Difference between revisions of "North"

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Revision as of 23:28, 4 June 2013

Map (click to zoom)
The lands surrounding Winterfell and the Kingsroad

The North is one of the constituent regions of Westeros and was a sovereign kingdom before the War of Conquest. The region covers the entire area south of the Wall and north of the Neck. The North has been ruled by House Stark for thousands of years from the castle known as Winterfell. Other notable houses of the region include Bolton, Umber, Karstark, and Manderly. Bastards born in the North are given the surname Snow.

Geography

'The North' is vast in size, it is the largest of the Seven Kingdoms regions, nearly as large as the the other six kingdoms combined. The region is sparsely populated, with vast wilderness, forests, pine-covered hills and snow-capped mountains, speckled with tiny villages and holdfasts. Its climate is cold and harsh in the winter and occasionally it will snow even in the summer.

The North has two major land barriers. First, to the north is the Wall, home of the Night's Watch, who defend its northern border from the wildling threat from the Beyond the Wall. Second, to the south is the triangle of impassable bogs and marshes of the Neck. The narrowness of the region and the difficulty of its terrain make it a natural border for the North, and Moat Cailin, a formidable fortress, overlooks the only causeway through, and protects it from invasion. It is here the Kings in the North held off countless southron invasions.

The North is bound on each side by major seas: the Shivering Sea to the east and the Sunset Sea to the west. Scattered along the eastern and western shores are numerous islands, both inhabited and uninhabited. Two major rivers cut through the lands, the White Knife that runs to the bustling port of White Harbor allowing trade up river to Winterfell, and the Last River that runs towards Last Hearth.

Notable locations

People

The Northmen are nearly all descended from the First Men. They are known as a straight forward, hardy, tough breed who hold the comforts of the south in disdain. Most of them still follow the Old Gods and their weirwood trees, and have little inclination for the new gods. There are a few exceptions, like House Manderly of White Harbor, who are blood of the Andals and keep to the Faith of the Seven. The North terrain and climate don't easily yield the necessities of daily life.

The constant cold and the iron grip of winter set apart the northerners from the people of the kingdoms south of the Neck. Their whole life rests on the fact that winter is coming and they have to prepare themselves in order to survive it. In such an environment there is no place for hollow courtesies, courtly rituals, nor fancy culture and tourneys. Never having been in touch much with the southron customs, the people, and especially the Starks, live by a very strict code of honor not tainted by the intrigue that marks the southron courts. The northmen have long memories. A lord who does not seek his rightful vengeance threatens to have his own men turn on him.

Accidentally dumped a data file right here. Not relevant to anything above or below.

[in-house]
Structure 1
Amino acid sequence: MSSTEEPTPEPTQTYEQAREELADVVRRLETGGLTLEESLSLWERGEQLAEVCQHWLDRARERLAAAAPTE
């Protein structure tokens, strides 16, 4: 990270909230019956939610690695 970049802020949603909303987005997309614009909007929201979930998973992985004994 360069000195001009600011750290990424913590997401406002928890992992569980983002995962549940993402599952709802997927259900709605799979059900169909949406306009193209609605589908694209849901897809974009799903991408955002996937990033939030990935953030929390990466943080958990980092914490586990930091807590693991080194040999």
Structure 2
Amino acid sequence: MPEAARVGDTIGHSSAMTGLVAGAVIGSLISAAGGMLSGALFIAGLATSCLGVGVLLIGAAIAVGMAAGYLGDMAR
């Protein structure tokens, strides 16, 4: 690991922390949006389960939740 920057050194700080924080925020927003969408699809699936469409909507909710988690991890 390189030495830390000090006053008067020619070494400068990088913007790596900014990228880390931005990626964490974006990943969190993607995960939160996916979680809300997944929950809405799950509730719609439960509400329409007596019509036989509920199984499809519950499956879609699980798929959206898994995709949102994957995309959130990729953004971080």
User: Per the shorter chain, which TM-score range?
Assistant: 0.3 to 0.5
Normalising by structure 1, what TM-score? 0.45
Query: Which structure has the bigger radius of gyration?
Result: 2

Some of the Northmen live in remote, distant areas where they act as little more than clans and tribes of savage warriors. Even these remote folk, such as the crannogmen, the Northern mountain clans and the Skagosi, are vassals of the Starks, and are allowed to maintain their own ways and traditions as long as they remain loyal to Winterfell.

Heraldry in the North is significantly simpler than that in the South, showing the lesser influence that chivalry has had there; and due to its religious aspect, most northmen refuse to take holy orders and thus cannot become knights. Nevertheless, Northmen do hold the Night's Watch in high regard.

Seasons

The North is particularly badly affected during the long winters, with thousands of people killed and famine not an uncommon occurrence due to poor harvests before winter or the inability to raise crops during the longer winters that last for for years on end, outside of special "glass gardens" and castles built on or near hot springs, like Winterfell, or volcanic vents, like the Dreadfort.

Once autumn is declared by the maesters, the lords of the North store away a part of the grain they have harvested. How much is a matter of choice; between one fifth and one fourth seems prudent, however. Additionally food is smoked, salted, and otherwise preserved ahead of winter. Coastal communities depend on fish, although even in winter ice fishing is common on the rivers and Long Lake. Poor harvests before winter will mean famine, however.

In winter, snows can fall forty feet deep. Rain falls cold and hard, and sometimes turns into hail that can send men running for cover and ruin crops. Even during summer, snowfalls are not unusual but tend to be brief and not particularly damaging to agriculture.

Commerce

As the North is largely uncultivated, there are few roads of import there. Most of the trade inland passes either by Kings Road or the rivers. Wool is one trade item from the North.[1] There are silversmiths at White Harbor.[2]

History

The peoples of the North are nearly all descended from the First Men, who settled the land nearly 12,000 years ago. Little is known of that time, but cryptic runes carved in old stones and the barrows the First Men lived in can still be found in the Barrowlands.

About 8000 years ago, the Long Night occurred, when the Others invaded, an event that defined and shaped the North, leading to the founding of the Wall, the order of the Night's Watch, the castle of Winterfell and the first Stark Kings.


References and Notes